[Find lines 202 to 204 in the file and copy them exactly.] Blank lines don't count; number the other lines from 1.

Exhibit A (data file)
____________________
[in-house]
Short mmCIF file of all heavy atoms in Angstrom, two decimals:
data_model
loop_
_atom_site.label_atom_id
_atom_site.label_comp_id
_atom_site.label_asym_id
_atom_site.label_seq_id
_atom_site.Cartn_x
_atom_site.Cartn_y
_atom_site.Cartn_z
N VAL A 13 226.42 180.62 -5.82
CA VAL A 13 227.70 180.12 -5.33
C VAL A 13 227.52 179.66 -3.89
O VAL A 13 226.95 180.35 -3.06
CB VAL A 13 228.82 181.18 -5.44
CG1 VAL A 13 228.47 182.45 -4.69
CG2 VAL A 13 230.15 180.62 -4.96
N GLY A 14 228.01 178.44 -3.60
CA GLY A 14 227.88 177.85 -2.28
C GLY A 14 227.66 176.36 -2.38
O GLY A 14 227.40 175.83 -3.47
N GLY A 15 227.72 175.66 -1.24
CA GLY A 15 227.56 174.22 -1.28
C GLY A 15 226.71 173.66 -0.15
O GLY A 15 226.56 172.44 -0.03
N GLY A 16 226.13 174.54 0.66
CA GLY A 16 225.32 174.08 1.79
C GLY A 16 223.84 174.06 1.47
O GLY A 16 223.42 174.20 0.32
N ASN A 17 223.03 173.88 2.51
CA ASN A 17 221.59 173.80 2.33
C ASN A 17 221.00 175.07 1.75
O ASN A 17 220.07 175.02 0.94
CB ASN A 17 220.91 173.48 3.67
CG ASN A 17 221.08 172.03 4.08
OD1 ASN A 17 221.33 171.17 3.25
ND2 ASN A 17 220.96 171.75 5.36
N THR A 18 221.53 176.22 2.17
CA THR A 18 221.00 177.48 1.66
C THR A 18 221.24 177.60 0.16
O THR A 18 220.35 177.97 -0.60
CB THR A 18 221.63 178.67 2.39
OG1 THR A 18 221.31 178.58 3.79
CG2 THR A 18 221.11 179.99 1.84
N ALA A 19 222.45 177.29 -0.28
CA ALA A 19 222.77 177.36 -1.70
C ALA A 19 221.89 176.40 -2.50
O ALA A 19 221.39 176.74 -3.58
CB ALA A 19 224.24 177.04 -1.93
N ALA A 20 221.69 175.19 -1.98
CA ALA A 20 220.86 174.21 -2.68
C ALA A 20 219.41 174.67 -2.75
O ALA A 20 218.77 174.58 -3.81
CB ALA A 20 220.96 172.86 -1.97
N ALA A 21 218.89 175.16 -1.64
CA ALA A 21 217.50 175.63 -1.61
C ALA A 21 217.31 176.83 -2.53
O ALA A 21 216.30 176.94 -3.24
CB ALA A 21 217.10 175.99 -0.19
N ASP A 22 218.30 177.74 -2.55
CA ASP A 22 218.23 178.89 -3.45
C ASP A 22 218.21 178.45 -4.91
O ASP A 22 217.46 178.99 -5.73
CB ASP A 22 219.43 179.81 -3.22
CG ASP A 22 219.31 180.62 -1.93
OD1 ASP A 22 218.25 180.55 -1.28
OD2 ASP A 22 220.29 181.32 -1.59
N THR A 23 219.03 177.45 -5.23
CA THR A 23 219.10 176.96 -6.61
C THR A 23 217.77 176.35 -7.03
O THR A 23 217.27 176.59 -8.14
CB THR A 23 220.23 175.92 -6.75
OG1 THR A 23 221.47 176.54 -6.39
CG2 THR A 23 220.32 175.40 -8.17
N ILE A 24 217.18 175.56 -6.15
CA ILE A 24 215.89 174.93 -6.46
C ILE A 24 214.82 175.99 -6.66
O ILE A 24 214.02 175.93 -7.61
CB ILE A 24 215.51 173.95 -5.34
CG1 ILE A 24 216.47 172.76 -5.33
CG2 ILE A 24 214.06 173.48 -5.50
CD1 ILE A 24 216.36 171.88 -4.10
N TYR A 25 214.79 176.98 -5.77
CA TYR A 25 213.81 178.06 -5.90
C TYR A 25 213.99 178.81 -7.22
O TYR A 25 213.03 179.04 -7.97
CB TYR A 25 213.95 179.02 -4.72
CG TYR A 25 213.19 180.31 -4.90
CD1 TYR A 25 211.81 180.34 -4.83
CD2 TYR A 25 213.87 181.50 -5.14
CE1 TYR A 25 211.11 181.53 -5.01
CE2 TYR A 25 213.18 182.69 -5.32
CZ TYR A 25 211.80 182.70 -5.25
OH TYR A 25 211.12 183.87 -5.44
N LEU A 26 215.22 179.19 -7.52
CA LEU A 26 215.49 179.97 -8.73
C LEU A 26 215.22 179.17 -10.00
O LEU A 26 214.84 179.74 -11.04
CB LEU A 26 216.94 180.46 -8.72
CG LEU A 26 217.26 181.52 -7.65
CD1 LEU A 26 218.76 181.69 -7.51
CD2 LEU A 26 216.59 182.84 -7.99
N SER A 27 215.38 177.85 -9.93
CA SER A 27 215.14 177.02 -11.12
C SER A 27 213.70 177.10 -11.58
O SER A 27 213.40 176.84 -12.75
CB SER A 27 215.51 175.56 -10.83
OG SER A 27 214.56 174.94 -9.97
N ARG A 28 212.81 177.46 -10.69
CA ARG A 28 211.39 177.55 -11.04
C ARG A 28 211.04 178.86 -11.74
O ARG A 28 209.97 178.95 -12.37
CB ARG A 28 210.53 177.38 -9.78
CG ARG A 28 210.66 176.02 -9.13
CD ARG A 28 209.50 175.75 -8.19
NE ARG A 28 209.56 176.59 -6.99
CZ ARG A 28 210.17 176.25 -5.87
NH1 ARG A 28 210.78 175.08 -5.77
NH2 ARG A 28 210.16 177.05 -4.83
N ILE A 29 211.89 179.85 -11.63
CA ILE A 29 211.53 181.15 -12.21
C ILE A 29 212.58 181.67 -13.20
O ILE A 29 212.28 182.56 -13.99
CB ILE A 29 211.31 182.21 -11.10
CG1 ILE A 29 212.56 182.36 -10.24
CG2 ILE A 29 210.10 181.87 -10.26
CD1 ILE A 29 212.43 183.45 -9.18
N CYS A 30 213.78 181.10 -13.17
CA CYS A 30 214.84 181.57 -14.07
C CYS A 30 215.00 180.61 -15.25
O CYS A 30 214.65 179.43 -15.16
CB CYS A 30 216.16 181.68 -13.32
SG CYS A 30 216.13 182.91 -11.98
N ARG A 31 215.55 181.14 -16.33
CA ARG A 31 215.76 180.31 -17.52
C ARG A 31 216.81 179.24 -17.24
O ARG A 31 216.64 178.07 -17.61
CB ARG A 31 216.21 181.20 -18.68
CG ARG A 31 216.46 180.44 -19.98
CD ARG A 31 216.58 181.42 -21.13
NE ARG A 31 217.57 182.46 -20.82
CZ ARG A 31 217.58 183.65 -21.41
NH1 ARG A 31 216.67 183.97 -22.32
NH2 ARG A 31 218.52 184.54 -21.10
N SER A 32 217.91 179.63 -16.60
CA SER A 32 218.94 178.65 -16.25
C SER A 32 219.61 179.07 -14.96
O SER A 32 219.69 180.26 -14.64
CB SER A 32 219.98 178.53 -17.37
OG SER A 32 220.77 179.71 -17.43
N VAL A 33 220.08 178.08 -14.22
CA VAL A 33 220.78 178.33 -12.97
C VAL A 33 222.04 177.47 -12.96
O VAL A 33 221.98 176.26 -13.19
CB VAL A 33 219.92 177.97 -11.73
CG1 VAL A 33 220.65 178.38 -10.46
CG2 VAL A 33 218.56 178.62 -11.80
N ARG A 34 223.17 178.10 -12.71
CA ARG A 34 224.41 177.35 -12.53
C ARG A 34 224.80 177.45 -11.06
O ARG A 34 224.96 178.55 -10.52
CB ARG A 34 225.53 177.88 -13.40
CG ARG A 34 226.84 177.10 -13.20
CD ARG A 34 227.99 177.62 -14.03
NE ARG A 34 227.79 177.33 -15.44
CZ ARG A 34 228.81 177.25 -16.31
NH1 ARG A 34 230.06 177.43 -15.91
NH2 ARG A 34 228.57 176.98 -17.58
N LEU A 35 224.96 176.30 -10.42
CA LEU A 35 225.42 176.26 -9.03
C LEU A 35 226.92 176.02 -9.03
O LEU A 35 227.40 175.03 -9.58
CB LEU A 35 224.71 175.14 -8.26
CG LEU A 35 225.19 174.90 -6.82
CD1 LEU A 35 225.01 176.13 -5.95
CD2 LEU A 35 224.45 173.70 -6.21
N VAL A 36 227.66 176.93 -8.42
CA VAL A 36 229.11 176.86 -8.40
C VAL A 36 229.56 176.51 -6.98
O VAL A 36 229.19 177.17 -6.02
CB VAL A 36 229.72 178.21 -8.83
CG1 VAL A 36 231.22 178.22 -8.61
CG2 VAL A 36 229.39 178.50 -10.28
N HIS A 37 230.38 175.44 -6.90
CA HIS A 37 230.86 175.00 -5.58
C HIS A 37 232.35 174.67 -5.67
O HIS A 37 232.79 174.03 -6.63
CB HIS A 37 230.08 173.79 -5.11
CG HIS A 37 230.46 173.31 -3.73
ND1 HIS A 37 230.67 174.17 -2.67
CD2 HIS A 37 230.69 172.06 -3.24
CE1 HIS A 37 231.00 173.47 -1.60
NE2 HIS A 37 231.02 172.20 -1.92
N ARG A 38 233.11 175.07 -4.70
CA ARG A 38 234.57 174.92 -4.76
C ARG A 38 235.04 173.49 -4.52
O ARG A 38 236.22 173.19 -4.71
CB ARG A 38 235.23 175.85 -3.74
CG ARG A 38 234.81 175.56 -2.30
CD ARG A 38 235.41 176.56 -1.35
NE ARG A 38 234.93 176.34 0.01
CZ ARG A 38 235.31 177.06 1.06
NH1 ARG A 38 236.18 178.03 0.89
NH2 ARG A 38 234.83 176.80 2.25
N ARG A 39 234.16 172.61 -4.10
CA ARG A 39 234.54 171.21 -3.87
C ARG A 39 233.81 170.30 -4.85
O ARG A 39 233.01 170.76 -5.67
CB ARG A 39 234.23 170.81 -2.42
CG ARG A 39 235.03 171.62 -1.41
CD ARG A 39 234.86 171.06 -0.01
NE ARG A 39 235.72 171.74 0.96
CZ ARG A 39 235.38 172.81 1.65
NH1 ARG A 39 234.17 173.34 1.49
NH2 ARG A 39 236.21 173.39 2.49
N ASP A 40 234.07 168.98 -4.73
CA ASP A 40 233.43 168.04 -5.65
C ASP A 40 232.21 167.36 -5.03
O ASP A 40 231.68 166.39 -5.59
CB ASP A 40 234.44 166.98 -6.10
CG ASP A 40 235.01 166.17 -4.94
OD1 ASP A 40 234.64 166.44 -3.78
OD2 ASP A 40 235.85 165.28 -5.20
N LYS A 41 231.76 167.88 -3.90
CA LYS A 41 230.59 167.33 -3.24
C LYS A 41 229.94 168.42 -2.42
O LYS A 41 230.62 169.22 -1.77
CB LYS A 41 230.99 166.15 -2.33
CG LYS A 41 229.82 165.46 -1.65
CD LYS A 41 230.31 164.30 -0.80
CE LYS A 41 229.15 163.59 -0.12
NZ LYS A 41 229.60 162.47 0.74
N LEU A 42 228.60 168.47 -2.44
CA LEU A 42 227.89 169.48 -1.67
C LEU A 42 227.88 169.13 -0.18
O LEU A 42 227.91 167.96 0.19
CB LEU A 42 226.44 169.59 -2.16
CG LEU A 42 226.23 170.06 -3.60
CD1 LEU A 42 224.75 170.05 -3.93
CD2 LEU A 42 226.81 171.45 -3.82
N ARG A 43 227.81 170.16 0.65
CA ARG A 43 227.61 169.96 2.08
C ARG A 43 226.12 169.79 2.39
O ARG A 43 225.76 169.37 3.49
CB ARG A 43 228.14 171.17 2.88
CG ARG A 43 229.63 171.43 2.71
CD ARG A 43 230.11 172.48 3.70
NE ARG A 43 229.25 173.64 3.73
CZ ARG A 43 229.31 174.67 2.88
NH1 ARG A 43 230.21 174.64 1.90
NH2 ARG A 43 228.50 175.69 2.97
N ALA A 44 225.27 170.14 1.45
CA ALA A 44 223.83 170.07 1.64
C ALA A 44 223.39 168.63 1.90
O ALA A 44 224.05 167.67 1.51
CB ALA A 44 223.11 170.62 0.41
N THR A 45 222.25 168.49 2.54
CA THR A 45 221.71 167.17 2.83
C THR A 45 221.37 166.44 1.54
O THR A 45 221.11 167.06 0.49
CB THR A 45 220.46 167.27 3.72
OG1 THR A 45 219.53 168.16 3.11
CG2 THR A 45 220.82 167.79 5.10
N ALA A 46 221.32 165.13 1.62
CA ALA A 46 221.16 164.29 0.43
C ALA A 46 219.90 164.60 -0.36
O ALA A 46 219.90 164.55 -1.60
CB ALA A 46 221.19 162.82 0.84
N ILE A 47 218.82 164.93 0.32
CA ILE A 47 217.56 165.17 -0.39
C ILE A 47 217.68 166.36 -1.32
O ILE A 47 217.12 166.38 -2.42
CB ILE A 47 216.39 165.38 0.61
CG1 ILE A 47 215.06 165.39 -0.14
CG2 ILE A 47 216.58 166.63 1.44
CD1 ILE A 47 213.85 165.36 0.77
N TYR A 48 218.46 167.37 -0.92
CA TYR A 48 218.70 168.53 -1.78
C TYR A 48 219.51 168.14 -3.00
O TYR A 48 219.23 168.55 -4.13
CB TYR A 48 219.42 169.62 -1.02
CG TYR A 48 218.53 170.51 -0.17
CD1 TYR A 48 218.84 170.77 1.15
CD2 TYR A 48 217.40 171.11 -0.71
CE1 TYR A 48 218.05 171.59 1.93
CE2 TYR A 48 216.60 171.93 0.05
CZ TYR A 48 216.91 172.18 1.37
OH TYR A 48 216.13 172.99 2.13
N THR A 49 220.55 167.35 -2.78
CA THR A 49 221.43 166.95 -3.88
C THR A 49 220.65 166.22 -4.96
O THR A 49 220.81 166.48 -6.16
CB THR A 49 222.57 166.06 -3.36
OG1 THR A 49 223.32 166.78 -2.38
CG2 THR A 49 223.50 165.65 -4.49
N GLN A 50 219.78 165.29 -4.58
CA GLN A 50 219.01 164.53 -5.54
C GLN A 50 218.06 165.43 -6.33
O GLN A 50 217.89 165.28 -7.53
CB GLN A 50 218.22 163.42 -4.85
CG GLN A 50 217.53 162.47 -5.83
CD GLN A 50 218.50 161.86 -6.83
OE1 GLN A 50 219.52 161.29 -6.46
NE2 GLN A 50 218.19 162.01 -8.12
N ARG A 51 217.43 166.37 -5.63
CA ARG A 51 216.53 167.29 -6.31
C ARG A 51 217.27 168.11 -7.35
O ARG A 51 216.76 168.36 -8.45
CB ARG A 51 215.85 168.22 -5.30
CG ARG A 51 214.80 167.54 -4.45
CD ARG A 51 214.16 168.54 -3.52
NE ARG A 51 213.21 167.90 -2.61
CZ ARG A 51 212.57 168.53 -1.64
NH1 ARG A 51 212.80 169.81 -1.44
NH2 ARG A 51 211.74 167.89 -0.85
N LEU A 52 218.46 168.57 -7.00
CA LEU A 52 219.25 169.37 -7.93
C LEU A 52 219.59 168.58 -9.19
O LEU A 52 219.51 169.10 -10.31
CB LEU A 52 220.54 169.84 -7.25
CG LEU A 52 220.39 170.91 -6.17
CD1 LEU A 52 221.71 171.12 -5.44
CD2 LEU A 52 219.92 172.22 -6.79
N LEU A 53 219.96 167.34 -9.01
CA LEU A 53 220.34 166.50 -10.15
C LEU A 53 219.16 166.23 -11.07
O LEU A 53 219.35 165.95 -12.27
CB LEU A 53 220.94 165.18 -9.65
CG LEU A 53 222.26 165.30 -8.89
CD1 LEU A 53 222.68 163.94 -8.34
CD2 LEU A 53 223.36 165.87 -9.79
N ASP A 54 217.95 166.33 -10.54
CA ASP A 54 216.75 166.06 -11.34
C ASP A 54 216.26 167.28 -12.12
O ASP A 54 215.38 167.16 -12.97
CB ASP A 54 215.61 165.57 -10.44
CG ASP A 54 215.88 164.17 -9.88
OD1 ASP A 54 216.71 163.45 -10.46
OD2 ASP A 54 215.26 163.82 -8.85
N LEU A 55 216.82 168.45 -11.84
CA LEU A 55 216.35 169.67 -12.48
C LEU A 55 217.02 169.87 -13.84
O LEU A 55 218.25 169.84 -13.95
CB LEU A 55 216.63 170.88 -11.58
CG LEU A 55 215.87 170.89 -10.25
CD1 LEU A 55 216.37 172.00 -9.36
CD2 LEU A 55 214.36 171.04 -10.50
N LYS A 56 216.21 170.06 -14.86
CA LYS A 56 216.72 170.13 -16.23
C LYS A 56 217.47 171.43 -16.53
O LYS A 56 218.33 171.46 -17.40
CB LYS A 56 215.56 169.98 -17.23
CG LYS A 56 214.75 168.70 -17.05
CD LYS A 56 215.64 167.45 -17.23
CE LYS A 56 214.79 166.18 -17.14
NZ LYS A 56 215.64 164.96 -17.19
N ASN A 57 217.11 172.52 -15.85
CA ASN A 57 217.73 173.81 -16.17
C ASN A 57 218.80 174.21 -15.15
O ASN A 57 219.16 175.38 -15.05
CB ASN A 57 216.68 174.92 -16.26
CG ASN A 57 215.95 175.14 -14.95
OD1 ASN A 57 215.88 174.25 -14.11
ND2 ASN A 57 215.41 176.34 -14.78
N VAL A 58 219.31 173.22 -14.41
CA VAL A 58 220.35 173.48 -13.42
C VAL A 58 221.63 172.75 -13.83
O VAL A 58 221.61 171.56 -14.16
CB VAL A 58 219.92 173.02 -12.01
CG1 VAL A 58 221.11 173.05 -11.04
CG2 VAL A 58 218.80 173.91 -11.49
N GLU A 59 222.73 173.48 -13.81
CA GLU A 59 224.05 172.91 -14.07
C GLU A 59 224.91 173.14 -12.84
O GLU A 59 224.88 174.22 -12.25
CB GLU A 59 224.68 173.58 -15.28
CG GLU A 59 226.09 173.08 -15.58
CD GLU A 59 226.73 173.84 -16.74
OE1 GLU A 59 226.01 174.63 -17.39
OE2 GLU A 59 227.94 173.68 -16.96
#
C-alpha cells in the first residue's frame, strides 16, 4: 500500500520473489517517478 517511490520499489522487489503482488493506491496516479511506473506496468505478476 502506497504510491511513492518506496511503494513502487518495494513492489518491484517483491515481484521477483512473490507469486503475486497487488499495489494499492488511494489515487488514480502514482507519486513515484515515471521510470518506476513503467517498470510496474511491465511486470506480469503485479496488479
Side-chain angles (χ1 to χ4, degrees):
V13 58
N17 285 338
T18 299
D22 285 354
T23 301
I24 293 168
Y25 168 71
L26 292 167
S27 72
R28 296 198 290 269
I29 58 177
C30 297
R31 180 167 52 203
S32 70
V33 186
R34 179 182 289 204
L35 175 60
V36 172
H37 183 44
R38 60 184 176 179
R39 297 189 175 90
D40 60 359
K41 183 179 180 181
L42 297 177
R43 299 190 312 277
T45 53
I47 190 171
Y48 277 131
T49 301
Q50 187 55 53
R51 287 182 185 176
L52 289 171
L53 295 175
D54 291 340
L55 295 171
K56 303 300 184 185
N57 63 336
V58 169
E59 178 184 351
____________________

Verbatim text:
NE ARG A 38 234.93 176.34 0.01
CZ ARG A 38 235.31 177.06 1.06
NH1 ARG A 38 236.18 178.03 0.89